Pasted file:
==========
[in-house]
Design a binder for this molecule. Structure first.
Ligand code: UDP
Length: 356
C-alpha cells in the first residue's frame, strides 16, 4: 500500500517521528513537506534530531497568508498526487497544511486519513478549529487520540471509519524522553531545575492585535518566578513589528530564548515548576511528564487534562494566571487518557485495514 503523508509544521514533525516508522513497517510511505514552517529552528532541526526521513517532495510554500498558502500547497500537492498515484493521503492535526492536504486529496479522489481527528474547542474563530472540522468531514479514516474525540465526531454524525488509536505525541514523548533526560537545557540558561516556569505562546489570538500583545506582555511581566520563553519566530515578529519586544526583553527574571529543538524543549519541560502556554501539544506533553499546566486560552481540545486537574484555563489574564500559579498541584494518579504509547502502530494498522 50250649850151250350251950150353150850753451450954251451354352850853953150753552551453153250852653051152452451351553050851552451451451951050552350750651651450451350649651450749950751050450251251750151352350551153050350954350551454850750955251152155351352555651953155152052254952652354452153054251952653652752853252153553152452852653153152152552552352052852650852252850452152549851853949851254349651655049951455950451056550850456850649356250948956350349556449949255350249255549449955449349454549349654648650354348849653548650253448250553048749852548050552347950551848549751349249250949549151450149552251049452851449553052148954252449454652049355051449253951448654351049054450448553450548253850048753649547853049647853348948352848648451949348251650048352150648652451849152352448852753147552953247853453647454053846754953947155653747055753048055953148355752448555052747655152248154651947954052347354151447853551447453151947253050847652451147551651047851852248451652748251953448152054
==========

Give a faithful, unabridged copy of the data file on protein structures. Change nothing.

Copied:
[in-house]
Design a binder for this molecule. Structure first.
Ligand code: UDP
Length: 356
C-alpha cells in the first residue's frame, strides 16, 4: 500500500517521528513537506534530531497568508498526487497544511486519513478549529487520540471509519524522553531545575492585535518566578513589528530564548515548576511528564487534562494566571487518557485495514 503523508509544521514533525516508522513497517510511505514552517529552528532541526526521513517532495510554500498558502500547497500537492498515484493521503492535526492536504486529496479522489481527528474547542474563530472540522468531514479514516474525540465526531454524525488509536505525541514523548533526560537545557540558561516556569505562546489570538500583545506582555511581566520563553519566530515578529519586544526583553527574571529543538524543549519541560502556554501539544506533553499546566486560552481540545486537574484555563489574564500559579498541584494518579504509547502502530494498522 50250649850151250350251950150353150850753451450954251451354352850853953150753552551453153250852653051152452451351553050851552451451451951050552350750651651450451350649651450749950751050450251251750151352350551153050350954350551454850750955251152155351352555651953155152052254952652354452153054251952653652752853252153553152452852653153152152552552352052852650852252850452152549851853949851254349651655049951455950451056550850456850649356250948956350349556449949255350249255549449955449349454549349654648650354348849653548650253448250553048749852548050552347950551848549751349249250949549151450149552251049452851449553052148954252449454652049355051449253951448654351049054450448553450548253850048753649547853049647853348948352848648451949348251650048352150648652451849152352448852753147552953247853453647454053846754953947155653747055753048055953148355752448555052747655152248154651947954052347354151447853551447453151947253050847652451147551651047851852248451652748251953448152054